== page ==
Buyers buoyant about Deep Sky

Corus Radio has unleashed a new one-stop radio shop called Deep Sky that media buyers expect will increase its business and attract more national advertisers to its 50-station chain. While much of what Toronto-based Deep Sky is doing isn't new to the business, buyers are enthused by the firm's unprecedented offers of guaranteed national and regional inventory, one contact person and one-bill invoicing for an entire radio campaign.

Corus Radio has unleashed a new one-stop radio shop called Deep Sky that media buyers expect will increase its business and attract more national advertisers to its 50-station chain. While much of what Toronto-based Deep Sky is doing isn’t new to the business, buyers are enthused by the firm’s unprecedented offers of guaranteed national and regional inventory, one contact person and one-bill invoicing for an entire radio campaign.

Deep Sky is designed to simplify the process of producing and buying radio by housing custom creative writing and production, consumer segmentation and targeting, and scheduling and buying services all under one roof. The unit is currently inking deals with radio creatives in both North America and Europe, and has already confirmed the addition of Toronto-based industry veteran Syd Kessler.

One of the key advantages being touted is Deep Sky’s ability to create daily, weekly or special event programming for advertisers. This isn’t a new service, but in the past Corus outsourced such network programming to Toronto-based Sound Source.

Florence George, VP/media director at Toronto’s HYPN, says that before the new unit, Corus would trade its airtime for the service, airtime that Sound Source could then sell itself. Deep Sky will now offer the same basic services that Sound Source did, the only difference being that all programming will now be produced in house.

GM Francesca Briggs, a veteran of multinational media organizations such as Southam and Hollinger International, is slated to head up the new unit. At the launch, Briggs stated that national inventory availability will be guaranteed, ‘when you need it, wherever you need it.’

Media buyers still have a few questions about that promise, but as Geoff Hossack, media manager at Toronto’s OMD, says: ‘It’s a step in the right direction and should give the medium the opportunity to prove itself to advertisers who have not made full use of radio in the past.’

Kathy Shapka, VP/media director

Palmer Jarvis DDB, Edmonton

My first reaction is that this is their way of competing against national network television, selling all of the Corus radio stations as part of a group like the major newspaper chains and television stations.

I think where we will find it of benefit [as an agency] is in the one call for multi-market buying, and working as a group to develop promotional programs that can be implemented in various markets.

I would question their ability to guarantee inventory whenever and wherever an advertiser needs it. This would be quite a thing to do, but I think a little more explanation is required here. Because they have multiple stations in each market, I can only assume they would give you the inventory on one of their stations that is not as strong as their number-one station in each market.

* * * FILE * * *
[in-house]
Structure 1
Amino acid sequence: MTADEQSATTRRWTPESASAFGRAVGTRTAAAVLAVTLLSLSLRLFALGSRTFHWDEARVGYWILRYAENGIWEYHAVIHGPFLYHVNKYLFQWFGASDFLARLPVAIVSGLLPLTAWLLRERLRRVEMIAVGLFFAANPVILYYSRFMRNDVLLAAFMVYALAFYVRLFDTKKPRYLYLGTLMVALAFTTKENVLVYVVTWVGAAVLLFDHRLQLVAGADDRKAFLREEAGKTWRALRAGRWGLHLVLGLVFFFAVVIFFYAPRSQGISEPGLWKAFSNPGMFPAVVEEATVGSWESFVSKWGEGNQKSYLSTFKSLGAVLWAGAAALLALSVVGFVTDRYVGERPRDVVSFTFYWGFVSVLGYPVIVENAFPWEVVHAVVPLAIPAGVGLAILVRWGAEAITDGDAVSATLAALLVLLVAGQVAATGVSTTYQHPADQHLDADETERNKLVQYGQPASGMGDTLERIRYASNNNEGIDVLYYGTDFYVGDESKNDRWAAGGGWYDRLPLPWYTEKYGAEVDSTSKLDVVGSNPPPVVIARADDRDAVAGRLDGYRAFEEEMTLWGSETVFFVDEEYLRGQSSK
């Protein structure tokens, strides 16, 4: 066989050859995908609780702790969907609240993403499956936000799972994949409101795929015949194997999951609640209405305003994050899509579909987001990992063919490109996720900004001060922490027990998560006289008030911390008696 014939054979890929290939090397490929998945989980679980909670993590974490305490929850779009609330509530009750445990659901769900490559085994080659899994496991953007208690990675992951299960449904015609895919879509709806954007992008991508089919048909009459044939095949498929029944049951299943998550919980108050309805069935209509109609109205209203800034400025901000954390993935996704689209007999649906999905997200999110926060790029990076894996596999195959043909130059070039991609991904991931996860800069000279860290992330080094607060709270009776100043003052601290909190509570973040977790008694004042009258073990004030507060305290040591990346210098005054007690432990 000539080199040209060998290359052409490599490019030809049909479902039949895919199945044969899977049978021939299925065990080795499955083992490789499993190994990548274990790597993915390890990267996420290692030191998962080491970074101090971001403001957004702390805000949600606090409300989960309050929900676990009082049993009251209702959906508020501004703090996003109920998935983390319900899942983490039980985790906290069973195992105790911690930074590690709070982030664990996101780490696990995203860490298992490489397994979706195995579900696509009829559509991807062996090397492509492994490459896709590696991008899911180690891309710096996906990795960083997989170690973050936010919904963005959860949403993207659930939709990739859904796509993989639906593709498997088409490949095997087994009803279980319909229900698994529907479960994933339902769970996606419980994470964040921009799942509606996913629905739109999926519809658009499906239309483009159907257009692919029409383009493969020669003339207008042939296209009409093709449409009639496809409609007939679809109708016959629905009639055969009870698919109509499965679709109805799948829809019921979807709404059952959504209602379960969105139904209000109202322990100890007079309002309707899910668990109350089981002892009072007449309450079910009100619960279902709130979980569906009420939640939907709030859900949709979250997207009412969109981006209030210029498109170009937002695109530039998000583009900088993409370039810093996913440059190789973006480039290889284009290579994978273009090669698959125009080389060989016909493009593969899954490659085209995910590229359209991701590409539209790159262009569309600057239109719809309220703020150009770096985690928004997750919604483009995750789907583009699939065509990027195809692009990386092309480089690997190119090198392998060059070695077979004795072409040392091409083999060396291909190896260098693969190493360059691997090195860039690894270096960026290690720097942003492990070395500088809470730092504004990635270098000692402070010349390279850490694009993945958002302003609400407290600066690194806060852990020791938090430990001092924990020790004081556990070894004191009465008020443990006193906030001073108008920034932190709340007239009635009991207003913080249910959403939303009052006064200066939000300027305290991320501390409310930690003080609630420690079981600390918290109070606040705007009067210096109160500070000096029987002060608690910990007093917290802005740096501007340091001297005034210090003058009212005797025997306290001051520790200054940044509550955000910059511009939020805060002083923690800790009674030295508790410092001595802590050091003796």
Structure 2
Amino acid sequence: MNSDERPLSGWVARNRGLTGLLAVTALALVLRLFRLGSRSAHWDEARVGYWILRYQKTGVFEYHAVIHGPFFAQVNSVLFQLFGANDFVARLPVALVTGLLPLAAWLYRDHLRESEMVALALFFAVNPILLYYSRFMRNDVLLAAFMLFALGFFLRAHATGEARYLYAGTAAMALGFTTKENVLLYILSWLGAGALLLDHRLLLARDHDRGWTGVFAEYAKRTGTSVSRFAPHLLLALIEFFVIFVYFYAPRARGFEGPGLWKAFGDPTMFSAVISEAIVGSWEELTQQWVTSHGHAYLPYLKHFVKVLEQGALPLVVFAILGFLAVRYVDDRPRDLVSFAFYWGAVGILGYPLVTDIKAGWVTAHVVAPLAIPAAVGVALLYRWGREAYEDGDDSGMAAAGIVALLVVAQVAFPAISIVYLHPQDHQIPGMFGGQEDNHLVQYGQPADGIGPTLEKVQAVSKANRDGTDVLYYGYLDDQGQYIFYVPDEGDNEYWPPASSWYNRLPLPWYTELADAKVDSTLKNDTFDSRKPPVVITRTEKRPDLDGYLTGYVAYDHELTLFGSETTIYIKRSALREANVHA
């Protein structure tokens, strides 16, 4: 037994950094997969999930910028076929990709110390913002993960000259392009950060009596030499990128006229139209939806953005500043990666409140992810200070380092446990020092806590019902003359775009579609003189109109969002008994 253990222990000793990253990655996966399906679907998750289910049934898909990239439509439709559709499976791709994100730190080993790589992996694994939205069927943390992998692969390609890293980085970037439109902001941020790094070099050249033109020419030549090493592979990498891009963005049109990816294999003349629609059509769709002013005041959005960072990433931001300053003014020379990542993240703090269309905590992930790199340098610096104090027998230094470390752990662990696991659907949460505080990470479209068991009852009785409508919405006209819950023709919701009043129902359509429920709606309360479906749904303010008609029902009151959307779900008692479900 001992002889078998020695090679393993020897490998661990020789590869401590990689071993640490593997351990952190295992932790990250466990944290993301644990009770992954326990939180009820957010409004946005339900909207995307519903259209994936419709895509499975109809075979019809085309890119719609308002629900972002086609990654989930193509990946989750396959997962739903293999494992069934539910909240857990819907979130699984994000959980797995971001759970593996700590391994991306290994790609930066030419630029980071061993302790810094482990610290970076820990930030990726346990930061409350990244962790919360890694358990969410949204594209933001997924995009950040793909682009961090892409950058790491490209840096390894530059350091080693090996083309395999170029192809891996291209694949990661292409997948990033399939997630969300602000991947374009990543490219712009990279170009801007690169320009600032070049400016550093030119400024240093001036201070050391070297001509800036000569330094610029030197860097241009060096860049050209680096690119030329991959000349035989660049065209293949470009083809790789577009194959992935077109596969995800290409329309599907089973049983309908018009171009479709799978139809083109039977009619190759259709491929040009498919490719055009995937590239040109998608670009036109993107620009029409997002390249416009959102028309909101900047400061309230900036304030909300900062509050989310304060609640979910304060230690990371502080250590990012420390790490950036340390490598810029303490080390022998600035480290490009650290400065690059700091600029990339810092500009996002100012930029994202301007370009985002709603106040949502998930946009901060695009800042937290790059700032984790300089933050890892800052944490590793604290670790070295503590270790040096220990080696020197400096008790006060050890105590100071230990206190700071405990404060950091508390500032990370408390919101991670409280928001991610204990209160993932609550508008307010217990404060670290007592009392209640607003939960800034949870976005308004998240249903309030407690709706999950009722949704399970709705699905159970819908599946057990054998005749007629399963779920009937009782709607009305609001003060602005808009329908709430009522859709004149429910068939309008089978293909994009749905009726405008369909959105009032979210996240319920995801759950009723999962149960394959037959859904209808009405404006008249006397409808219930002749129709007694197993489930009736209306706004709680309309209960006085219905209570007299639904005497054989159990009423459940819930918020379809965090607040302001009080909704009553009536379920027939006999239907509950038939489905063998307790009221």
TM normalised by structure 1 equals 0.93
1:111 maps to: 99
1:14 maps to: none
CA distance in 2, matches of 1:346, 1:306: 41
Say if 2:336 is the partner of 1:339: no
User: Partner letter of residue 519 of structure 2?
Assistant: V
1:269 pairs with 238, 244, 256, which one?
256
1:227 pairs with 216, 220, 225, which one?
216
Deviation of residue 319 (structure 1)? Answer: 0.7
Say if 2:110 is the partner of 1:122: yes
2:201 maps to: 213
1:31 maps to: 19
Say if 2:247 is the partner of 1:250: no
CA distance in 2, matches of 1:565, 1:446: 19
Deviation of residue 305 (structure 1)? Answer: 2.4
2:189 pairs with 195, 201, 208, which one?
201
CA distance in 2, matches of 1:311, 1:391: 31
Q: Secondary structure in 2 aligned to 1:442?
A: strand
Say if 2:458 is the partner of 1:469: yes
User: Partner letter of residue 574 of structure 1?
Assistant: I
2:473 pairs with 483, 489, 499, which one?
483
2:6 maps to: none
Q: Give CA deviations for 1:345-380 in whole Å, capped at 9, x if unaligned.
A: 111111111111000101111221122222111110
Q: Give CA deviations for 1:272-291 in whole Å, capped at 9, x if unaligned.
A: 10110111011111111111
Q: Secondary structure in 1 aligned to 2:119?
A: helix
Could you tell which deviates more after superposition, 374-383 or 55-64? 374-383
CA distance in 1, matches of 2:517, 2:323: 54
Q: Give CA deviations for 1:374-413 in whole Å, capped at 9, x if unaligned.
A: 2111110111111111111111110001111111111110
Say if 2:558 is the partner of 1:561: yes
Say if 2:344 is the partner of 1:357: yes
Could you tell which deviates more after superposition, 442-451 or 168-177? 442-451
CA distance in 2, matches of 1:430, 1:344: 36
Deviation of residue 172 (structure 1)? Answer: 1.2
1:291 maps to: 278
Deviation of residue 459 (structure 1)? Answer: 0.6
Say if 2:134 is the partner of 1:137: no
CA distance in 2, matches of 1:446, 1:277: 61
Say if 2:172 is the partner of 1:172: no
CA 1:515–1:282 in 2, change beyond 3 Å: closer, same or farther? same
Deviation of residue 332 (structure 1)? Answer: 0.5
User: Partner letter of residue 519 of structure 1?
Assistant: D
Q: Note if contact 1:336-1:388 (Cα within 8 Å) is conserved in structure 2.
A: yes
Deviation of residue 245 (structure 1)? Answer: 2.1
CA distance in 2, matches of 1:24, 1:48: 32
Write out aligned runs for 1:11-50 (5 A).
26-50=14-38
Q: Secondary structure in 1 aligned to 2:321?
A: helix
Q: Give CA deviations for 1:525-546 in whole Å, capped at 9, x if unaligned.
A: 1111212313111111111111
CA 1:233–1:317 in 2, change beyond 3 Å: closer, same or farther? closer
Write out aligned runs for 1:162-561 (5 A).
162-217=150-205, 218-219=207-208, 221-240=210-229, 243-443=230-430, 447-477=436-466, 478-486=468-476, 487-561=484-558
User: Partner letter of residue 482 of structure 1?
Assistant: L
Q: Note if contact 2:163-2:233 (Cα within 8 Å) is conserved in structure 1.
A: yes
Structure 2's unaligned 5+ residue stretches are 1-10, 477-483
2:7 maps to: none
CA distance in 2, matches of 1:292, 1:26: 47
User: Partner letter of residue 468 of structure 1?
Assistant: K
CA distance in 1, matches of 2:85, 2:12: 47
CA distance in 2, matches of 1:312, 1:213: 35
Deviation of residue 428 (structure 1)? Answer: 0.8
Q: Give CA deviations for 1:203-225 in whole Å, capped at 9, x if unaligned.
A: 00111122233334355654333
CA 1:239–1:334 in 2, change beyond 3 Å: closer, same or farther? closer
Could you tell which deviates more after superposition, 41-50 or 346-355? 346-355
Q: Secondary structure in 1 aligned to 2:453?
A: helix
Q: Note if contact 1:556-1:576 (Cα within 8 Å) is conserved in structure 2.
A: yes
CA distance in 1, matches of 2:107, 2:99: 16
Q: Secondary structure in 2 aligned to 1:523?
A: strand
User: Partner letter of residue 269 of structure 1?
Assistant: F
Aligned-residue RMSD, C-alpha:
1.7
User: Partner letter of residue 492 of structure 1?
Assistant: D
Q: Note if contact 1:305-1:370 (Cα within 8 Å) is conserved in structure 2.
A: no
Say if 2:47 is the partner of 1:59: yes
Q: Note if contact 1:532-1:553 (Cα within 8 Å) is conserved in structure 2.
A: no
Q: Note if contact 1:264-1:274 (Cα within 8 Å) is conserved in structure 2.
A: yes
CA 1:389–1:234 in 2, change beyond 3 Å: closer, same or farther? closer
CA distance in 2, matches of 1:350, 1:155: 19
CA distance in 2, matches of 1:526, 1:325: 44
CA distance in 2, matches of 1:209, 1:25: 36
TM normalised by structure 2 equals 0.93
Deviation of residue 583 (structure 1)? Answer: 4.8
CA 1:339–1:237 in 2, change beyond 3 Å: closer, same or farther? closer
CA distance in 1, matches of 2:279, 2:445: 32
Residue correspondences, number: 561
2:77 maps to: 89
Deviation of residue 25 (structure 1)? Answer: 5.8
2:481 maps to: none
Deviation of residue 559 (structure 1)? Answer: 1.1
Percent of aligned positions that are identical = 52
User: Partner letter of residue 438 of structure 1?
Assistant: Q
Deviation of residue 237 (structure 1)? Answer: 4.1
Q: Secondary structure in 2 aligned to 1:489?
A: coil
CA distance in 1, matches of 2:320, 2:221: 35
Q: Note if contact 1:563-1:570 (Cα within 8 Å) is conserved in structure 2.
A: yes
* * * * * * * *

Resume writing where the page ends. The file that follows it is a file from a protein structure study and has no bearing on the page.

Geoff Hossack, media manager

OMD Canada, Toronto

Deep Sky is something that has potential. It may not be an option for all clients, but it does provide a means to target some key consumers via radio. The Corus stable of radio stations is made up mainly of news/talk, rock and classic rock formats. Overall, it skews male, and reaches high-income earners.

The way I understand Deep Sky is that through their own research, Corus has the ability to find those listeners who are most likely to have intent to buy a specific product and then target them by radio format and geographic region.

Guaranteed inventory is a big step forward. There’s nothing worse than trying to put together a targeted campaign only to find that when we get to the point of booking, the airtime on the stations that will make it work has disappeared.

Customized programming is not a first. It is a service that Toronto’s Sound Source Radio Network does currently provide, but it can’t hurt to have more of it out there. And, by the sounds of it, Corus has made a serious effort to find writers who are capable of producing a very high quality product.

Deep Sky is also promising a one-person contact and a one-bill invoice. Again, network radio sellers, including Corus, do currently provide this service for network radio features, but an entire campaign, including brand-sell airtime, on a single invoice definitely helps out. Less paperwork is always a good thing.

Florence George,

VP/media director

HYPN, Toronto

I think that it’s helpful in that it gives an advertiser with an idea the opportunity to go to Deep Sky and have them develop something that will work really well for them.

If you have a client that has a national-based business, I think it makes it easier because it’s one-stop shopping. So I think [Deep Sky] could drive a little bit more money to the radio network. I don’t know if you’d get it any cheaper though, because if competition is cut down, it doesn’t help your cost.